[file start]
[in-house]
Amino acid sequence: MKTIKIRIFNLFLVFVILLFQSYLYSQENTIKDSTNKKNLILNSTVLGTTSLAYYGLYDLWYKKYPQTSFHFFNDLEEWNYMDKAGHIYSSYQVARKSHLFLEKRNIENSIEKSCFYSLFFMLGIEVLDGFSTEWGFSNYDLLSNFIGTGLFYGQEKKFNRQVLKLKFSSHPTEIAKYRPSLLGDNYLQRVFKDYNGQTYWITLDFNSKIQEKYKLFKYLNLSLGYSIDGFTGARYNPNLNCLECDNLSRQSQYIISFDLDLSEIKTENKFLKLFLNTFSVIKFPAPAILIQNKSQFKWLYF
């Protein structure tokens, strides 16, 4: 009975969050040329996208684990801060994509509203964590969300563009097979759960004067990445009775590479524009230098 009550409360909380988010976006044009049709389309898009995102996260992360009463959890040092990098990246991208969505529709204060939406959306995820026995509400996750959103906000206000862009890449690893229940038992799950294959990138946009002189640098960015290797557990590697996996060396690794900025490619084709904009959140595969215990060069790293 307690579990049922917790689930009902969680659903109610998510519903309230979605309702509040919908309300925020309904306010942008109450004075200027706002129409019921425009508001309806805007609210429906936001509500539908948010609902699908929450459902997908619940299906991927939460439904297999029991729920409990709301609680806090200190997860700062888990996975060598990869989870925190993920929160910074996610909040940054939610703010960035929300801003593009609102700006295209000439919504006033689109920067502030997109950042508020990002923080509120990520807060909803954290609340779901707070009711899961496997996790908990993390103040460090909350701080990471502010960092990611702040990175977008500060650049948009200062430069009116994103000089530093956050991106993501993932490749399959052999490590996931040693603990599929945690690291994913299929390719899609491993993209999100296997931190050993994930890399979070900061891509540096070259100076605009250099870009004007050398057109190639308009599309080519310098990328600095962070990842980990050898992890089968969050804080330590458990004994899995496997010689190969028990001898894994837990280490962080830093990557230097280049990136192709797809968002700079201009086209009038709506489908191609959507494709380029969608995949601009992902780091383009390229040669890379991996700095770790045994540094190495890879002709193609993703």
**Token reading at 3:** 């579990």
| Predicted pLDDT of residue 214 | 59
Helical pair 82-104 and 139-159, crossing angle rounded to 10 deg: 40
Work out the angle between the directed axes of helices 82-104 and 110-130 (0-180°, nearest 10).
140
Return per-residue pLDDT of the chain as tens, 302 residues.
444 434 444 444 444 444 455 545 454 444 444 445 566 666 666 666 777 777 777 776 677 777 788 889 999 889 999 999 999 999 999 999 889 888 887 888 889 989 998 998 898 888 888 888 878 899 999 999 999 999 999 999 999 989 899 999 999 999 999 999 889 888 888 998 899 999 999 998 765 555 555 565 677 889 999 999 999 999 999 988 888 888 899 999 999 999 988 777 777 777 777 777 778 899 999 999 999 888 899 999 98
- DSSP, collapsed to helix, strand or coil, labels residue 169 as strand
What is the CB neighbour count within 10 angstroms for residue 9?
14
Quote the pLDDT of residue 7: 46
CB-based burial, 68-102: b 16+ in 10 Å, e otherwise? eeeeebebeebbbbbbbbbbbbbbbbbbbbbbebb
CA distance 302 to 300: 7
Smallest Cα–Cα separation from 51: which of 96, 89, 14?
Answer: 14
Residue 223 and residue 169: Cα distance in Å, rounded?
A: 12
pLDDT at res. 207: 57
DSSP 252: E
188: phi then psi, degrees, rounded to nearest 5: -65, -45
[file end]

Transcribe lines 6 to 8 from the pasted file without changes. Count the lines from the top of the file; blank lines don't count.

Helical pair 82-104 and 139-159, crossing angle rounded to 10 deg: 40
Work out the angle between the directed axes of helices 82-104 and 110-130 (0-180°, nearest 10).
140